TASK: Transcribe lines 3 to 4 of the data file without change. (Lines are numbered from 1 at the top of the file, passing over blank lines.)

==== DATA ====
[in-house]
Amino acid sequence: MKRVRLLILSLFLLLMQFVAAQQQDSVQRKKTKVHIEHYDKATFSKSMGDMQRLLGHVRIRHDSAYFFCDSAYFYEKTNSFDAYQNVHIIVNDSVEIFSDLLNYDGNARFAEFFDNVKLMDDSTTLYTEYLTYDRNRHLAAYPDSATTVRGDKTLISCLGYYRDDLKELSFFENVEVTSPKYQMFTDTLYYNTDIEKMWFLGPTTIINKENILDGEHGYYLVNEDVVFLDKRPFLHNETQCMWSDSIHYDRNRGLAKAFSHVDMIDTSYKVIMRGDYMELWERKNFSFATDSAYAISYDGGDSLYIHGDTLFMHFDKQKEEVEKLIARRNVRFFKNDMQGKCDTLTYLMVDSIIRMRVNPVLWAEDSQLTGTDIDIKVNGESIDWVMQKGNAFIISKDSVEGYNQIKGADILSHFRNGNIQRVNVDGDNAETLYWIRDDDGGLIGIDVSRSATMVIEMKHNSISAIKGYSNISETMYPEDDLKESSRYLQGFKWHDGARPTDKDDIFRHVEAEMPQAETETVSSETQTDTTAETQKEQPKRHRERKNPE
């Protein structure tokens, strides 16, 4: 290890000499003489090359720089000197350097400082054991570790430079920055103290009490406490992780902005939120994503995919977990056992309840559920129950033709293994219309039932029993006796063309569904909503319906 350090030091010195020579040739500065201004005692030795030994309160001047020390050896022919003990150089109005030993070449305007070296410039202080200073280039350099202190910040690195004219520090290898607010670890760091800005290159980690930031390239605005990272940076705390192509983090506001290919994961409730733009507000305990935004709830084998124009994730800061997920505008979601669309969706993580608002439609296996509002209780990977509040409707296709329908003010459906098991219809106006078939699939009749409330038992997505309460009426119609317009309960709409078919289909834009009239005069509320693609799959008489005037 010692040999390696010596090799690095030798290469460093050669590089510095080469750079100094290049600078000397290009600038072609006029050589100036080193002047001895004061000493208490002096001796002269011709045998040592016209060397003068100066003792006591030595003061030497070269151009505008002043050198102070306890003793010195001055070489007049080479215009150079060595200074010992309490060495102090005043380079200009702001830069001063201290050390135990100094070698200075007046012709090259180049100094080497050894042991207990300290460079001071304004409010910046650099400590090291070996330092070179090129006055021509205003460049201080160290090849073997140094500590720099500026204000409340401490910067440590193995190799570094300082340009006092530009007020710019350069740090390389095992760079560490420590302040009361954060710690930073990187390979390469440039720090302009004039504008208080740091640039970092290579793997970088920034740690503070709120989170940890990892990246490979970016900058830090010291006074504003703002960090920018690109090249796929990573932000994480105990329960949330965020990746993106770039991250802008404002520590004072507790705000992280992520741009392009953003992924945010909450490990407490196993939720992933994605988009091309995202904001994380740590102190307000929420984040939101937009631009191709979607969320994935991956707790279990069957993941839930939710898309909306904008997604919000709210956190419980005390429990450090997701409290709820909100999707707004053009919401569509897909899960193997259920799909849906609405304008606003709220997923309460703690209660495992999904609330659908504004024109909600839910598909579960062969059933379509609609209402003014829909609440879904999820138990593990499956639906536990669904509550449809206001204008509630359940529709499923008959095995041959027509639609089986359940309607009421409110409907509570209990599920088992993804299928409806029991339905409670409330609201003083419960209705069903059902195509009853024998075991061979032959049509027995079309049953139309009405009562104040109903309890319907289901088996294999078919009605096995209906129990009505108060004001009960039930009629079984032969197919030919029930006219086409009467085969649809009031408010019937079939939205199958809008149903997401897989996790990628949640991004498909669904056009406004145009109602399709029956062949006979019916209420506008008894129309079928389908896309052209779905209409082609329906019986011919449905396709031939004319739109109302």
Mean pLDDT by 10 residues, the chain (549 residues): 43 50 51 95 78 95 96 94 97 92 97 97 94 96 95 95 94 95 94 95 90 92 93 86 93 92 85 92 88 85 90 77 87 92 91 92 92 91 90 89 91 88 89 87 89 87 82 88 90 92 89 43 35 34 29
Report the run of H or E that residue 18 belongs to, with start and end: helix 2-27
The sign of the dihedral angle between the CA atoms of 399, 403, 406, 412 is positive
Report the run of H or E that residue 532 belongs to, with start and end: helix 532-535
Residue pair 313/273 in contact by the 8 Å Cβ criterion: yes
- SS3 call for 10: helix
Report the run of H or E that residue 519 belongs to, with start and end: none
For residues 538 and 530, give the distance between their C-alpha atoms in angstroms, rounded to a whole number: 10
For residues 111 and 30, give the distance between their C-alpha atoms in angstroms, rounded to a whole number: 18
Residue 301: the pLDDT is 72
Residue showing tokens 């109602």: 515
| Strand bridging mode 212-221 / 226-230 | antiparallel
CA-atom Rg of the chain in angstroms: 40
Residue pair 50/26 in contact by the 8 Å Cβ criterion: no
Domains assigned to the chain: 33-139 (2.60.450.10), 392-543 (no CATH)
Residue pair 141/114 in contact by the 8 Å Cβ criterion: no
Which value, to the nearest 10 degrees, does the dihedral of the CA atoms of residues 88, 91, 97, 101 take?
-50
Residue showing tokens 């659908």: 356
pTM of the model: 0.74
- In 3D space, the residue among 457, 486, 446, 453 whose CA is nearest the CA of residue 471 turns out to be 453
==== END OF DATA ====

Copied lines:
């Protein structure tokens, strides 16, 4: 290890000499003489090359720089000197350097400082054991570790430079920055103290009490406490992780902005939120994503995919977990056992309840559920129950033709293994219309039932029993006796063309569904909503319906 350090030091010195020579040739500065201004005692030795030994309160001047020390050896022919003990150089109005030993070449305007070296410039202080200073280039350099202190910040690195004219520090290898607010670890760091800005290159980690930031390239605005990272940076705390192509983090506001290919994961409730733009507000305990935004709830084998124009994730800061997920505008979601669309969706993580608002439609296996509002209780990977509040409707296709329908003010459906098991219809106006078939699939009749409330038992997505309460009426119609317009309960709409078919289909834009009239005069509320693609799959008489005037 010692040999390696010596090799690095030798290469460093050669590089510095080469750079100094290049600078000397290009600038072609006029050589100036080193002047001895004061000493208490002096001796002269011709045998040592016209060397003068100066003792006591030595003061030497070269151009505008002043050198102070306890003793010195001055070489007049080479215009150079060595200074010992309490060495102090005043380079200009702001830069001063201290050390135990100094070698200075007046012709090259180049100094080497050894042991207990300290460079001071304004409010910046650099400590090291070996330092070179090129006055021509205003460049201080160290090849073997140094500590720099500026204000409340401490910067440590193995190799570094300082340009006092530009007020710019350069740090390389095992760079560490420590302040009361954060710690930073990187390979390469440039720090302009004039504008208080740091640039970092290579793997970088920034740690503070709120989170940890990892990246490979970016900058830090010291006074504003703002960090920018690109090249796929990573932000994480105990329960949330965020990746993106770039991250802008404002520590004072507790705000992280992520741009392009953003992924945010909450490990407490196993939720992933994605988009091309995202904001994380740590102190307000929420984040939101937009631009191709979607969320994935991956707790279990069957993941839930939710898309909306904008997604919000709210956190419980005390429990450090997701409290709820909100999707707004053009919401569509897909899960193997259920799909849906609405304008606003709220997923309460703690209660495992999904609330659908504004024109909600839910598909579960062969059933379509609609209402003014829909609440879904999820138990593990499956639906536990669904509550449809206001204008509630359940529709499923008959095995041959027509639609089986359940309607009421409110409907509570209990599920088992993804299928409806029991339905409670409330609201003083419960209705069903059902195509009853024998075991061979032959049509027995079309049953139309009405009562104040109903309890319907289901088996294999078919009605096995209906129990009505108060004001009960039930009629079984032969197919030919029930006219086409009467085969649809009031408010019937079939939205199958809008149903997401897989996790990628949640991004498909669904056009406004145009109602399709029956062949006979019916209420506008008894129309079928389908896309052209779905209409082609329906019986011919449905396709031939004319739109109302």
Mean pLDDT by 10 residues, the chain (549 residues): 43 50 51 95 78 95 96 94 97 92 97 97 94 96 95 95 94 95 94 95 90 92 93 86 93 92 85 92 88 85 90 77 87 92 91 92 92 91 90 89 91 88 89 87 89 87 82 88 90 92 89 43 35 34 29